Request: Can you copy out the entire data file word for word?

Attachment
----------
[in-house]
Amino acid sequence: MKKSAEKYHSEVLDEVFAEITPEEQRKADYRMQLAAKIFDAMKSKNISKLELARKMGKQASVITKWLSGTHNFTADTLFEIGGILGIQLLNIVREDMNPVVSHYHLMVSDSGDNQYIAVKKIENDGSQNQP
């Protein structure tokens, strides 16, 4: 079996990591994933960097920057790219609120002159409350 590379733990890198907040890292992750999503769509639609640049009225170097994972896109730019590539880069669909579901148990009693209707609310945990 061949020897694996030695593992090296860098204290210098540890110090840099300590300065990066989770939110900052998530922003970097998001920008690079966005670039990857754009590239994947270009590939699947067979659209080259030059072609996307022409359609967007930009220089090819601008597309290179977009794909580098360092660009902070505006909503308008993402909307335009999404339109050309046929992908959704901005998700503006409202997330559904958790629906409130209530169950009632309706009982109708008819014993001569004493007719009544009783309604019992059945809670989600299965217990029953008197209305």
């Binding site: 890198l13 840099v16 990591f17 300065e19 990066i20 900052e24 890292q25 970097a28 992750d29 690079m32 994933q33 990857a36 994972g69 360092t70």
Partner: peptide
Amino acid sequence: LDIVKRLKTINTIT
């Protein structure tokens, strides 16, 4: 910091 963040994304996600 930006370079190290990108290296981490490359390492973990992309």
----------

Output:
[in-house]
Amino acid sequence: MKKSAEKYHSEVLDEVFAEITPEEQRKADYRMQLAAKIFDAMKSKNISKLELARKMGKQASVITKWLSGTHNFTADTLFEIGGILGIQLLNIVREDMNPVVSHYHLMVSDSGDNQYIAVKKIENDGSQNQP
């Protein structure tokens, strides 16, 4: 079996990591994933960097920057790219609120002159409350 590379733990890198907040890292992750999503769509639609640049009225170097994972896109730019590539880069669909579901148990009693209707609310945990 061949020897694996030695593992090296860098204290210098540890110090840099300590300065990066989770939110900052998530922003970097998001920008690079966005670039990857754009590239994947270009590939699947067979659209080259030059072609996307022409359609967007930009220089090819601008597309290179977009794909580098360092660009902070505006909503308008993402909307335009999404339109050309046929992908959704901005998700503006409202997330559904958790629906409130209530169950009632309706009982109708008819014993001569004493007719009544009783309604019992059945809670989600299965217990029953008197209305």
């Binding site: 890198l13 840099v16 990591f17 300065e19 990066i20 900052e24 890292q25 970097a28 992750d29 690079m32 994933q33 990857a36 994972g69 360092t70």
Partner: peptide
Amino acid sequence: LDIVKRLKTINTIT
């Protein structure tokens, strides 16, 4: 910091 963040994304996600 930006370079190290990108290296981490490359390492973990992309």